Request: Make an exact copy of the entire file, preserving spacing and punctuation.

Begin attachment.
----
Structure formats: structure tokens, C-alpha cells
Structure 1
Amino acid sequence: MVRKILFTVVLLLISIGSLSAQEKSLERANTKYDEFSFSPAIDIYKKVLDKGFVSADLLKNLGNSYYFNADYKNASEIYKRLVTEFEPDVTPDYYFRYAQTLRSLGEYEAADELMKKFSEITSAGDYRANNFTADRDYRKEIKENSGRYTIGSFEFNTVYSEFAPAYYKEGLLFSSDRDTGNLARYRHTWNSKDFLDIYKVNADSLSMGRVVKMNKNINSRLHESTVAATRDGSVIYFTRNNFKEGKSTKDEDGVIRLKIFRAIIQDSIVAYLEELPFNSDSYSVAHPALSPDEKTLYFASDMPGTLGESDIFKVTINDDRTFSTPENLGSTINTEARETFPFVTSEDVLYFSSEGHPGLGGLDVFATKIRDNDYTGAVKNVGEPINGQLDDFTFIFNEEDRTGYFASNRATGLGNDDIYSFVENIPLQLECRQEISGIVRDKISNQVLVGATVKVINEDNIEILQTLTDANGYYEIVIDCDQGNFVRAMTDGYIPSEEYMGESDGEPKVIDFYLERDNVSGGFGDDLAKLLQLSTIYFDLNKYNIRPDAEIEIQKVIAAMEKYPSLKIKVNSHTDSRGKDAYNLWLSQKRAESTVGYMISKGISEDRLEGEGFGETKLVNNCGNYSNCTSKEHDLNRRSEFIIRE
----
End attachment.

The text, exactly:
Structure formats: structure tokens, C-alpha cells
Structure 1
Amino acid sequence: MVRKILFTVVLLLISIGSLSAQEKSLERANTKYDEFSFSPAIDIYKKVLDKGFVSADLLKNLGNSYYFNADYKNASEIYKRLVTEFEPDVTPDYYFRYAQTLRSLGEYEAADELMKKFSEITSAGDYRANNFTADRDYRKEIKENSGRYTIGSFEFNTVYSEFAPAYYKEGLLFSSDRDTGNLARYRHTWNSKDFLDIYKVNADSLSMGRVVKMNKNINSRLHESTVAATRDGSVIYFTRNNFKEGKSTKDEDGVIRLKIFRAIIQDSIVAYLEELPFNSDSYSVAHPALSPDEKTLYFASDMPGTLGESDIFKVTINDDRTFSTPENLGSTINTEARETFPFVTSEDVLYFSSEGHPGLGGLDVFATKIRDNDYTGAVKNVGEPINGQLDDFTFIFNEEDRTGYFASNRATGLGNDDIYSFVENIPLQLECRQEISGIVRDKISNQVLVGATVKVINEDNIEILQTLTDANGYYEIVIDCDQGNFVRAMTDGYIPSEEYMGESDGEPKVIDFYLERDNVSGGFGDDLAKLLQLSTIYFDLNKYNIRPDAEIEIQKVIAAMEKYPSLKIKVNSHTDSRGKDAYNLWLSQKRAESTVGYMISKGISEDRLEGEGFGETKLVNNCGNYSNCTSKEHDLNRRSEFIIRE